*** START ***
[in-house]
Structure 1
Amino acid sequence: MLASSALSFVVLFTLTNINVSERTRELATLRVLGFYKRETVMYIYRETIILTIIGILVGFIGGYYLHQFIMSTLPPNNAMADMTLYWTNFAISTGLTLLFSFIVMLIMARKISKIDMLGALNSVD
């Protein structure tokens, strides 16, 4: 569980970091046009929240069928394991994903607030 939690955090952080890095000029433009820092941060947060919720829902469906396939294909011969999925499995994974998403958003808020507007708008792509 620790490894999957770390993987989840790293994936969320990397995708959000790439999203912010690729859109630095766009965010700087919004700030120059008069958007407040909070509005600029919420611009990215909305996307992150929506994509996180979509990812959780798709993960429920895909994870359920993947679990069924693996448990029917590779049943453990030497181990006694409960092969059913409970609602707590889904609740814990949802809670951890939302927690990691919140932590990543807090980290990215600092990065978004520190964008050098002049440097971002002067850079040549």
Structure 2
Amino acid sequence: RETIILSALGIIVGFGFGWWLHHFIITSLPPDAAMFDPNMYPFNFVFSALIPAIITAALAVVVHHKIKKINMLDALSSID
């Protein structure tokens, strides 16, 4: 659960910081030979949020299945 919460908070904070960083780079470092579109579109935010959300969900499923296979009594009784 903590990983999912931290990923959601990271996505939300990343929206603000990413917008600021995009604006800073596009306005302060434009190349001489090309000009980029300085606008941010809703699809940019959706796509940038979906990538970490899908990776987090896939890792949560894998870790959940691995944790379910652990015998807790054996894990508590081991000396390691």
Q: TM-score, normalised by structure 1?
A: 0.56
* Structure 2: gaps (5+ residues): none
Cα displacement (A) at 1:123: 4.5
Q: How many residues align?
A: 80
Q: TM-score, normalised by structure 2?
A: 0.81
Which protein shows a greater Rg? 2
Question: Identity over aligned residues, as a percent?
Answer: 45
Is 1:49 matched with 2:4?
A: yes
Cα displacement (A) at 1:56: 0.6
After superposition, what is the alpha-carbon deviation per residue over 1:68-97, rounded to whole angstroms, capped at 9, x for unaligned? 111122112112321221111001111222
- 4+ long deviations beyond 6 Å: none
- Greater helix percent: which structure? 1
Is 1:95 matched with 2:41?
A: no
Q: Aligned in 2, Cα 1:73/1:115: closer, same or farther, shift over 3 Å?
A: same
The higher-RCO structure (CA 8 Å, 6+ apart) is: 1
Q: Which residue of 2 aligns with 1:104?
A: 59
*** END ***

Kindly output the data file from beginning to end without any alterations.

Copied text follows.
[in-house]
Structure 1
Amino acid sequence: MLASSALSFVVLFTLTNINVSERTRELATLRVLGFYKRETVMYIYRETIILTIIGILVGFIGGYYLHQFIMSTLPPNNAMADMTLYWTNFAISTGLTLLFSFIVMLIMARKISKIDMLGALNSVD
């Protein structure tokens, strides 16, 4: 569980970091046009929240069928394991994903607030 939690955090952080890095000029433009820092941060947060919720829902469906396939294909011969999925499995994974998403958003808020507007708008792509 620790490894999957770390993987989840790293994936969320990397995708959000790439999203912010690729859109630095766009965010700087919004700030120059008069958007407040909070509005600029919420611009990215909305996307992150929506994509996180979509990812959780798709993960429920895909994870359920993947679990069924693996448990029917590779049943453990030497181990006694409960092969059913409970609602707590889904609740814990949802809670951890939302927690990691919140932590990543807090980290990215600092990065978004520190964008050098002049440097971002002067850079040549």
Structure 2
Amino acid sequence: RETIILSALGIIVGFGFGWWLHHFIITSLPPDAAMFDPNMYPFNFVFSALIPAIITAALAVVVHHKIKKINMLDALSSID
């Protein structure tokens, strides 16, 4: 659960910081030979949020299945 919460908070904070960083780079470092579109579109935010959300969900499923296979009594009784 903590990983999912931290990923959601990271996505939300990343929206603000990413917008600021995009604006800073596009306005302060434009190349001489090309000009980029300085606008941010809703699809940019959706796509940038979906990538970490899908990776987090896939890792949560894998870790959940691995944790379910652990015998807790054996894990508590081991000396390691």
Q: TM-score, normalised by structure 1?
A: 0.56
* Structure 2: gaps (5+ residues): none
Cα displacement (A) at 1:123: 4.5
Q: How many residues align?
A: 80
Q: TM-score, normalised by structure 2?
A: 0.81
Which protein shows a greater Rg? 2
Question: Identity over aligned residues, as a percent?
Answer: 45
Is 1:49 matched with 2:4?
A: yes
Cα displacement (A) at 1:56: 0.6
After superposition, what is the alpha-carbon deviation per residue over 1:68-97, rounded to whole angstroms, capped at 9, x for unaligned? 111122112112321221111001111222
- 4+ long deviations beyond 6 Å: none
- Greater helix percent: which structure? 1
Is 1:95 matched with 2:41?
A: no
Q: Aligned in 2, Cα 1:73/1:115: closer, same or farther, shift over 3 Å?
A: same
The higher-RCO structure (CA 8 Å, 6+ apart) is: 1
Q: Which residue of 2 aligns with 1:104?
A: 59